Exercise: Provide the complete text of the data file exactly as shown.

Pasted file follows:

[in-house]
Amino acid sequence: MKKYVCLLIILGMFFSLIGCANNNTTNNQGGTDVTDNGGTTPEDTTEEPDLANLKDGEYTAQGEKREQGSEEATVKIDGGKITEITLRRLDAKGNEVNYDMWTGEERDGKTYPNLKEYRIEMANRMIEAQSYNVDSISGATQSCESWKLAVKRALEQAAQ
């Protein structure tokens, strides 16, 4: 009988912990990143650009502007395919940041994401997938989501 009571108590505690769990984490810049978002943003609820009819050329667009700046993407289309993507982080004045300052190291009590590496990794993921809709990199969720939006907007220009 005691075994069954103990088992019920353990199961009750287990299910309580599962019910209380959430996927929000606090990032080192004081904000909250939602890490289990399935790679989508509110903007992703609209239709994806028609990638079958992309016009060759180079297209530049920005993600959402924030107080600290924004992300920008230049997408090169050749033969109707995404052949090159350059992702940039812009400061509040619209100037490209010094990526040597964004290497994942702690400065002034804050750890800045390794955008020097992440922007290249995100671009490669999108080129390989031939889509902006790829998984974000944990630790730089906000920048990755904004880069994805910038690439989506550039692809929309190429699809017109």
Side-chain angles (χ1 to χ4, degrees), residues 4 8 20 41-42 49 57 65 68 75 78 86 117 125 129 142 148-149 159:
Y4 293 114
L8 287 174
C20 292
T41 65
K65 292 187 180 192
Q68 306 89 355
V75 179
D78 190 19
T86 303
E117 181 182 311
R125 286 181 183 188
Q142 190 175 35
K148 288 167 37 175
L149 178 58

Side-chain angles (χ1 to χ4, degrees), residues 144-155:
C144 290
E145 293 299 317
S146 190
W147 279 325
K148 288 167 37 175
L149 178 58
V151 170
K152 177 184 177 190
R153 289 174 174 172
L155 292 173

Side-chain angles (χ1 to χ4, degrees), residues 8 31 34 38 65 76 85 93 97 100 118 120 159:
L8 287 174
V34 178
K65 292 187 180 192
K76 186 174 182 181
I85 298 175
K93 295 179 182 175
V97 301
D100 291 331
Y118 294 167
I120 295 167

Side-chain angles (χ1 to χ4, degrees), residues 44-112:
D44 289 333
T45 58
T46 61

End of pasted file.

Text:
[in-house]
Amino acid sequence: MKKYVCLLIILGMFFSLIGCANNNTTNNQGGTDVTDNGGTTPEDTTEEPDLANLKDGEYTAQGEKREQGSEEATVKIDGGKITEITLRRLDAKGNEVNYDMWTGEERDGKTYPNLKEYRIEMANRMIEAQSYNVDSISGATQSCESWKLAVKRALEQAAQ
């Protein structure tokens, strides 16, 4: 009988912990990143650009502007395919940041994401997938989501 009571108590505690769990984490810049978002943003609820009819050329667009700046993407289309993507982080004045300052190291009590590496990794993921809709990199969720939006907007220009 005691075994069954103990088992019920353990199961009750287990299910309580599962019910209380959430996927929000606090990032080192004081904000909250939602890490289990399935790679989508509110903007992703609209239709994806028609990638079958992309016009060759180079297209530049920005993600959402924030107080600290924004992300920008230049997408090169050749033969109707995404052949090159350059992702940039812009400061509040619209100037490209010094990526040597964004290497994942702690400065002034804050750890800045390794955008020097992440922007290249995100671009490669999108080129390989031939889509902006790829998984974000944990630790730089906000920048990755904004880069994805910038690439989506550039692809929309190429699809017109």
Side-chain angles (χ1 to χ4, degrees), residues 4 8 20 41-42 49 57 65 68 75 78 86 117 125 129 142 148-149 159:
Y4 293 114
L8 287 174
C20 292
T41 65
K65 292 187 180 192
Q68 306 89 355
V75 179
D78 190 19
T86 303
E117 181 182 311
R125 286 181 183 188
Q142 190 175 35
K148 288 167 37 175
L149 178 58

Side-chain angles (χ1 to χ4, degrees), residues 144-155:
C144 290
E145 293 299 317
S146 190
W147 279 325
K148 288 167 37 175
L149 178 58
V151 170
K152 177 184 177 190
R153 289 174 174 172
L155 292 173

Side-chain angles (χ1 to χ4, degrees), residues 8 31 34 38 65 76 85 93 97 100 118 120 159:
L8 287 174
V34 178
K65 292 187 180 192
K76 186 174 182 181
I85 298 175
K93 295 179 182 175
V97 301
D100 291 331
Y118 294 167
I120 295 167

Side-chain angles (χ1 to χ4, degrees), residues 44-112:
D44 289 333
T45 58
T46 61